brand: Urubu

        title: CC-BY-SA License
        title: GNU Affero General Public License
        title: Markdown

file_ext: '.htm'  # Change default file extension ('.html')
link_ext: '.htm'  # Change default link extension ('.html')


This directory contains the available layouts. They are used by the Jinja2 template engine to render html pages. The layout files should have the .html extension.


This directory contains Python hooks for the template engine.

Project-wide reference ids

Urubu has the concept of project-wide reference ids. You can use them to refer to link objects in your content and configuration. Their definition comes from two sources:

  • global reference ids are mapped to link objects in the _site.yml configuration file, as discussed earlier.
  • all content pages and folders objects have reference ids.

Project-wide references ids live in a single namespace. For pages and folders, the id is a root-relative pathname starting with a slash / and without file extension. By convention, global reference ids should not start with a /.

In your content and configuration info, you can also use relative reference ids. Urubu will resolve them depending on the file location in the project. In case of a name clash with a global reference id, you will have to disambiguate by adding pathname components.

In accordance with Markdown conventions, reference ids are case-insensitive.

Content files

Content files are Markdown files with extension .md. They should start with YAML front matter that defines a number of attributes, as in the following example:

title: Read me first
layout: page
date: 2014-01-15
<Markdown content>

The following attributes are predefined:

Attribute Description
title Specifies the page title. Mandatory.
layout Specifies the layout, without the .html extension, or null. Mandatory.
date Specifies the date in YYYY-MM-DD format. Optional.
tags A tag or list of tags for the content.
saveas Allows overriding of the output filename.

The layout attribute is mandatory, but can be given a null value. This is useful when the page content is used by other pages, but no html output is required for the page itself.

In addition, you can add arbitrary user-defined attributes. All attributes are made available as page object attributes to the template engine.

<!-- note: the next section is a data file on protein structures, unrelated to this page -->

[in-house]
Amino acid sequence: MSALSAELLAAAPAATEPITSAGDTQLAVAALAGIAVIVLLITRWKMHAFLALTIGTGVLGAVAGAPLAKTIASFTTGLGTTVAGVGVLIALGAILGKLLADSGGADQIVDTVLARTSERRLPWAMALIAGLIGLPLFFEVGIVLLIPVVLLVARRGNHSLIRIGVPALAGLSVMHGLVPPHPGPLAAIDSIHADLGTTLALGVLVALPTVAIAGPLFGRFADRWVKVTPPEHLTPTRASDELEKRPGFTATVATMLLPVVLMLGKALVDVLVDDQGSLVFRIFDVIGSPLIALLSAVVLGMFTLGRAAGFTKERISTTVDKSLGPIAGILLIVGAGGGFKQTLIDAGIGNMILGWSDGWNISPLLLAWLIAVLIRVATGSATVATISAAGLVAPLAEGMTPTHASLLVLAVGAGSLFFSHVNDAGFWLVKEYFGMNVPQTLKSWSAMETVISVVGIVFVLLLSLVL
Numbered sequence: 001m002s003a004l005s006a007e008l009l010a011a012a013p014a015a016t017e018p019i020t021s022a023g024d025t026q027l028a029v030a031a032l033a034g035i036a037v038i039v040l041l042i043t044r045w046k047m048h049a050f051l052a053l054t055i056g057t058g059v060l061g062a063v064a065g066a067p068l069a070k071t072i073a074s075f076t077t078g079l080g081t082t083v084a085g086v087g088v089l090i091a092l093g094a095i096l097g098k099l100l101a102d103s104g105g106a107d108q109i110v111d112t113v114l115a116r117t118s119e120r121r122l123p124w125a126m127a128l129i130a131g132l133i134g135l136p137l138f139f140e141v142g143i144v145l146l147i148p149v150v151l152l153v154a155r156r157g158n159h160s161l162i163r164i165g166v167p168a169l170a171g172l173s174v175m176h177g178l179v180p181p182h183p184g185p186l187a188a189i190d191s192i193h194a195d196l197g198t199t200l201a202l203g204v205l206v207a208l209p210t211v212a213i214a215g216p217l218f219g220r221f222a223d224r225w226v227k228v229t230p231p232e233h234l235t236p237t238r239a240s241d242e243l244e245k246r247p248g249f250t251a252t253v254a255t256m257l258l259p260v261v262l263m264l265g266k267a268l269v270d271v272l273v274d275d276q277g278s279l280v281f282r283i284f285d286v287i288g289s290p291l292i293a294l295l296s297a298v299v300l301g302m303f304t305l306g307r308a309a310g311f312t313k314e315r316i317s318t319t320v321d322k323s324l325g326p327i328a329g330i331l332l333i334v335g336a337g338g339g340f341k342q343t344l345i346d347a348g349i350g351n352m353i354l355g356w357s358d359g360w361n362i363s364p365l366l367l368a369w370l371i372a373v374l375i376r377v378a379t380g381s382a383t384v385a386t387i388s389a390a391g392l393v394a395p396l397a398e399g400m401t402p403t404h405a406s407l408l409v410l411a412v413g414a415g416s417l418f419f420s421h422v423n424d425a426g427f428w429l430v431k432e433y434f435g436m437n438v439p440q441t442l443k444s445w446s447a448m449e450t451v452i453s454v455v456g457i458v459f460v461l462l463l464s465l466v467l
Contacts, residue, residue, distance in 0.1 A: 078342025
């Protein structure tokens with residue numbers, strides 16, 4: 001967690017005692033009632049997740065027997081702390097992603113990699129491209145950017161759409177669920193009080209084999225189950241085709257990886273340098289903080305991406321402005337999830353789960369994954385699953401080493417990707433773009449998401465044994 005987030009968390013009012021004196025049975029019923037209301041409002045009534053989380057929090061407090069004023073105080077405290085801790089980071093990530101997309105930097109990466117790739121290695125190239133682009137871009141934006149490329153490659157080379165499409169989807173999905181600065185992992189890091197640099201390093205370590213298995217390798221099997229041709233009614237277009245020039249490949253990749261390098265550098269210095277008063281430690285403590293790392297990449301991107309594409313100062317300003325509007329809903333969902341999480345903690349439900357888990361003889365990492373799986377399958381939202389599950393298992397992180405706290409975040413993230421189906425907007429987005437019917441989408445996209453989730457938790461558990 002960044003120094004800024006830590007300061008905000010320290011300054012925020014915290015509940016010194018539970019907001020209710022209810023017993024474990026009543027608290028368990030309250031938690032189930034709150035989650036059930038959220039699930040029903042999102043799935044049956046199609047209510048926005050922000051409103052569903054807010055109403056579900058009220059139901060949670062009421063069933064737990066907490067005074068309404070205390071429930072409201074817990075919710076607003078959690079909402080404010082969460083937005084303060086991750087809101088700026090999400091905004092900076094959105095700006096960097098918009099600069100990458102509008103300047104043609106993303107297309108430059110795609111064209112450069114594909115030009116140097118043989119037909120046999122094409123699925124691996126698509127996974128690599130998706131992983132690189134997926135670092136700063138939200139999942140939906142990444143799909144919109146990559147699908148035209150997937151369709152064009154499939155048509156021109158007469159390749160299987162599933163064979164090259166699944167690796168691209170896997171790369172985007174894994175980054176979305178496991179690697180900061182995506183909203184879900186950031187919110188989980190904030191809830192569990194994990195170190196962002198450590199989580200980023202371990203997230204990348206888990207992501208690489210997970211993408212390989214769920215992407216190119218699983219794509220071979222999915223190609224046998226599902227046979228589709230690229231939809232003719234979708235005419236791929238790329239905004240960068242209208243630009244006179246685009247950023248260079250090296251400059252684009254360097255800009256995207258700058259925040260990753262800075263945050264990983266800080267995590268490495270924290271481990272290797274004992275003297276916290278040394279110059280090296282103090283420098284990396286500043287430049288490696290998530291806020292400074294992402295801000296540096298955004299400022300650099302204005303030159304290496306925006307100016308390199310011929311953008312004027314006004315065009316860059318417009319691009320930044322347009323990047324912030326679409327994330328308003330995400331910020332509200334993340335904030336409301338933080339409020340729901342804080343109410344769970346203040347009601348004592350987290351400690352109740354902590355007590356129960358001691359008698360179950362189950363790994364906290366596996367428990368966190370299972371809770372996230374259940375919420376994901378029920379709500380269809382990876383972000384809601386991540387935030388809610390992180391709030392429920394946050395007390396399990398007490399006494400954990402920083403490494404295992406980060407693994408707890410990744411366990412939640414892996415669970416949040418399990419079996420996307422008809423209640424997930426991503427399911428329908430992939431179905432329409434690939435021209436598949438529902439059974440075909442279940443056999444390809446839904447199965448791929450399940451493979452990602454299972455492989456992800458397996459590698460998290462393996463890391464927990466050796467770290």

Markdown in attributes

Optionally, you can use markdown format in front matter attributes. Markdown processing is enabled by adding a .md suffix to the attribute. The resulting html code will be stored in a synthesized attribute without the .md suffix.

For example:

layout: page |
    A summary of the page items as a list:

    * item 1
    * item 2
    * item 3

After processing, the page object will have a summary attribute with the html code.

Index files

Index files with basename are a special kind of content files. They are used to specify the attributes and the content of a directory. There are two options to specify the content, explicitly with the content attribute or implicitly using the order attribute.

Attribute Description
content Defines the content explicitly as a list of reference ids or local link objects.
order Defines the attribute by which the content in the directory should be ordered.
reverse Optional boolean attribute defines reverse order or not. Default is false.

content and order are mutually exclusive; you should use one of the two options.

A local link object is a mapping with either a url key to an url, or a ref key to a reference id as mandatory items. In addtion, you can specify a title with a title key.

The ordering attribute can be predefined or user-defined, but it should be specified in each content file in the directory. As an example, you can specify that the content of a directory should be ordered as blog by the following front matter in the index file:

title: Blog
layout: blog_index
order: date
reverse: true

Tag directory

The optional top-level directory called tag has a predefined meaning. Urubu uses the corresponding folder in the build to hold the tag-related content view that it generates automatically. You can use the index file to set attributes such as the layout. However, the content will be generated by Urubu automatically and needs not be set.